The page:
By Giselle Grassi
You’re a Good Man Charlie Brown was an obvious hit that premiered Friday, March 24th through Sunday, March 26th thanks to outstanding performances from the cast and everyone else who worked tirelessly to execute such an incredible play. After an interview with Mrs. Kozee, the 7th and 8th grade chorus teacher who has worked with most of the students in the play this year, we can clearly see that there is a lot that goes into preparing and executing a musical production.
Most people who watched this play noticed the talented singing and fascinating sets, but from a musical standpoint, Mrs. Kozee provided insight into some of the minor components and struggles of being a performer in a live play.
All of the songs, according to Mrs. Kozee, were “on point” and “all cues were strong and seamless.” She also mentioned that “vocally, all characters were strong, [and] they had great diction.” Diction is how clearly one pronounces his or her words, and this is critical in performing because the audience must be able to understand the lines of the actors and actresses. Overall, the play was very enjoyable, and what stood out the most to Mrs. Kozee, as a member of the audience, was how much fun the actors were having and how relaxed they seemed to be on stage, even though they were in front of so many people.
Mrs. Kozee is one of Oyster Bay’s fantastic music teachers. She works with a very large group of young kids and, though organizing the concerts may be frustrating at times, she is able to pull off shows that are unique and musically elevated every year. Along with winter and spring concerts, Mrs. Kozee also individually helps young singers with their choral solos for NYSSMA (New York State School Music Association), which, as told from personal experience, would have been a much more negative experience if not for Mrs. Kozee’s guidance.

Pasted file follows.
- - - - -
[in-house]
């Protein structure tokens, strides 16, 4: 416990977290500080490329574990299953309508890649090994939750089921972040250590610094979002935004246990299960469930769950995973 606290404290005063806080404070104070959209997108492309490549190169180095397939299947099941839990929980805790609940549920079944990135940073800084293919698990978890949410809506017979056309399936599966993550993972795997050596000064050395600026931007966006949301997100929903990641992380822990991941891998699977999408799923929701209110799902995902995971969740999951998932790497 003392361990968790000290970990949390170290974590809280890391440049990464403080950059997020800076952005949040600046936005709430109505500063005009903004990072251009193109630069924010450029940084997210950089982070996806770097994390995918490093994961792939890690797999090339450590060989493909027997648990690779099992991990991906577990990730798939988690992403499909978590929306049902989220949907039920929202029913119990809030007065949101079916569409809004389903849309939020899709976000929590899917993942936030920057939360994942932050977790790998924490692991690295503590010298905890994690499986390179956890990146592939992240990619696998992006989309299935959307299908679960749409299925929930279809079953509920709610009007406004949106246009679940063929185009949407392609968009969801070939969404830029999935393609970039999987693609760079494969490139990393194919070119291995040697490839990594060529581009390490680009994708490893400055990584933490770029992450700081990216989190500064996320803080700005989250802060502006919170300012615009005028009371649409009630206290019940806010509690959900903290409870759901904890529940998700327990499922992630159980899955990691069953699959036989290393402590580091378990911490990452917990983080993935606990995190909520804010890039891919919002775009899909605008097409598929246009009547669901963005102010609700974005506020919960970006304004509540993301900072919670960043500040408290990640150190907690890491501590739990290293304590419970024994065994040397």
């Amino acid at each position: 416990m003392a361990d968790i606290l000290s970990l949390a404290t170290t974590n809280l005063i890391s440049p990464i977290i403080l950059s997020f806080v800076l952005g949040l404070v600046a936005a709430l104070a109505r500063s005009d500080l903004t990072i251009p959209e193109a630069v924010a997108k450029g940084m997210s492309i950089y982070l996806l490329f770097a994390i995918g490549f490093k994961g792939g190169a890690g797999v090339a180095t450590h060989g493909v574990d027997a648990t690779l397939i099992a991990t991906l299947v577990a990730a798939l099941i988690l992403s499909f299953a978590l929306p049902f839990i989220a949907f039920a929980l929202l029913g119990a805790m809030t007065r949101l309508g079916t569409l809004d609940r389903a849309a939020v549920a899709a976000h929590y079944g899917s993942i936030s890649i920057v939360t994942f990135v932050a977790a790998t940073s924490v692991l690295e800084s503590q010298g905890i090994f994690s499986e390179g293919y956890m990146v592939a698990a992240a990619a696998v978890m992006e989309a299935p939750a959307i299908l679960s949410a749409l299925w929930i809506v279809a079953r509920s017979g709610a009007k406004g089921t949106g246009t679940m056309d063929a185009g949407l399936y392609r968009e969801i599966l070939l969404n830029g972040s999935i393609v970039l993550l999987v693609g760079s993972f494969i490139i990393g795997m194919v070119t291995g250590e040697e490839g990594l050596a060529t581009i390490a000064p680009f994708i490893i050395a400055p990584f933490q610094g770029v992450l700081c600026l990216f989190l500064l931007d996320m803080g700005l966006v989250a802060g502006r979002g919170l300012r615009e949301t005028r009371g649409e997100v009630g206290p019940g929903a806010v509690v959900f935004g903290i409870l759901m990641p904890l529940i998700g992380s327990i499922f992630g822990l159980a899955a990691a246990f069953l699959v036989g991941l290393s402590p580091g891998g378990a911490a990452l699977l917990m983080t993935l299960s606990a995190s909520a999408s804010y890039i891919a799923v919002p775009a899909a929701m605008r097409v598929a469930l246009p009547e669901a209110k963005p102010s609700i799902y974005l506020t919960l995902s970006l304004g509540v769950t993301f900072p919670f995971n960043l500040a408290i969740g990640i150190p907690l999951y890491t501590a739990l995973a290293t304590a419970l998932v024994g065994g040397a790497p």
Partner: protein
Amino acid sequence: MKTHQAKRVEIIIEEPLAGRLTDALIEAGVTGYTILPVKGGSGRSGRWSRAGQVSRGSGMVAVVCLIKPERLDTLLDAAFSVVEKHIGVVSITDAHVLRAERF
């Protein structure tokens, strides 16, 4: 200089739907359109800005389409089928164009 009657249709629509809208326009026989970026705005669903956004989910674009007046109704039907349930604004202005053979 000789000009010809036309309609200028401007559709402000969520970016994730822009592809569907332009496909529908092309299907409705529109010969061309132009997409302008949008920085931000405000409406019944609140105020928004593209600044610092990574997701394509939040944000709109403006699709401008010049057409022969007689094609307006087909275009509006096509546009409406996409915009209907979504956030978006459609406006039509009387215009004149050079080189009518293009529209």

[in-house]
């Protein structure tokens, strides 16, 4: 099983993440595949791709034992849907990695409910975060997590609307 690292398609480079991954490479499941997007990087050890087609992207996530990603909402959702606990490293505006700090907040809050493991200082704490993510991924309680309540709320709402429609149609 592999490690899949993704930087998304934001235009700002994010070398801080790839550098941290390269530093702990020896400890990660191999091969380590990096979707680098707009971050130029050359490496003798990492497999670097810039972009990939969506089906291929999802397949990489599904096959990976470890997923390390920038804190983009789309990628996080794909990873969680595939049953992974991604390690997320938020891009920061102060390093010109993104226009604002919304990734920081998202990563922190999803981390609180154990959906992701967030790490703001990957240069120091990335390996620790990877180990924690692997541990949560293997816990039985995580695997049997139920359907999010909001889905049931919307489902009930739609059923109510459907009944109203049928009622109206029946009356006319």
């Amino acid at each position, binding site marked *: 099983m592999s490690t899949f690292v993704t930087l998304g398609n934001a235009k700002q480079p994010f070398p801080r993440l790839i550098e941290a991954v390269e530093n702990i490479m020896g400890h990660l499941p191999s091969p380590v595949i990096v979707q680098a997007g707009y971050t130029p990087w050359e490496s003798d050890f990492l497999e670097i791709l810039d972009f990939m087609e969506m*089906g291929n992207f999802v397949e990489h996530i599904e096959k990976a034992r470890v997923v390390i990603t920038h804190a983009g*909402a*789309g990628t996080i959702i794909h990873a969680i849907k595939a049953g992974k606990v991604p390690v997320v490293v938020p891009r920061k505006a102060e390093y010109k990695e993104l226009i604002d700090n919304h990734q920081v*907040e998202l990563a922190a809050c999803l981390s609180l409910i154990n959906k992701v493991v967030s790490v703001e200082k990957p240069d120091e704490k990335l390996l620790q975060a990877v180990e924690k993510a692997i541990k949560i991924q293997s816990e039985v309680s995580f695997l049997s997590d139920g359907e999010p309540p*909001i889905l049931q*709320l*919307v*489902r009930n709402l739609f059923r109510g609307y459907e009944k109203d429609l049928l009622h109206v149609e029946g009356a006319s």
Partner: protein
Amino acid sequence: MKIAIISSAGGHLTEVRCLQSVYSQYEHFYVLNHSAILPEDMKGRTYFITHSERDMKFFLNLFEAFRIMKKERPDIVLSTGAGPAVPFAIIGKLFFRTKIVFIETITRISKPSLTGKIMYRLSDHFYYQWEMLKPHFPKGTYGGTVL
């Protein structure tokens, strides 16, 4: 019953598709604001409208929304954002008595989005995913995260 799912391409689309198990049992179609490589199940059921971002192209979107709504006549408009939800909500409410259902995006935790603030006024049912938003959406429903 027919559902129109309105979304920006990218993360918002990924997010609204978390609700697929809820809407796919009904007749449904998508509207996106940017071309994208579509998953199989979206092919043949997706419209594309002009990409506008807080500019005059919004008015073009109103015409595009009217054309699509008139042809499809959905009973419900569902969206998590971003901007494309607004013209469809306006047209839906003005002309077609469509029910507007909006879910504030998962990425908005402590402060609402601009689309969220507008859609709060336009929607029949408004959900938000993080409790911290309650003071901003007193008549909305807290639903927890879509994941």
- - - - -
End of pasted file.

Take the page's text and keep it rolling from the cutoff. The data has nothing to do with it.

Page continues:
From a vocalist’s point of view, Mrs. Kozee’s first thought regarding this particular show and the most challenging aspects of it was that the students not only had to sing in tune and project their voices well, but they also had to modify their voices to match those of the characters they were playing. For example, Lucy and Sally were both characters with difficult voices considering Sally is very young and has a much more nasally voice than that of the 15-year-old actor, but the expectations were met and the actress, Kayla McKenna, adjusted her voice to fit the part. Lucy is a more “obnoxious” character and has “obnoxious vocal quirks” that the actor playing Lucy, Julia Tauter, did a superb job of projecting, according to Mrs. Kozee.
Those who do not act or perform, like myself, would think that the hardest part of acting would just be standing on stage, but Mrs. Kozee says that the most difficult job of an actor is to remain in character. “Especially if you are acting in the background and even if you forget a line or something does not go as planned, remain in character.” Mrs. Kozee, along with everyone else who saw the play, knows that the cast of Charlie Brown did a great job of doing just that.
Speaking with Mrs. Kozee gave me insight into acting that I have never known, and I am really excited to see how all of the seventh and eighth graders who participated in the play this year will grow in their acting and performing careers both here at Oyster Bay High School and maybe even after they leave.
A goal that Mrs. Kozee mentioned for the future of the Performing Arts Department at our high school is to obtain as many participants for the play as possible, no matter the age. She also said that she hopes the future casts will have the level of dedication and work ethic that the cast of You’re a Good Man Charlie Brown had. Mrs. Kozee says that as a result of such hard work, this cast had practically non-existent mishaps and musical mistakes and that this contributed to the fun and well organized play that we were able to experience in our very own theater here at Oyster Bay High School.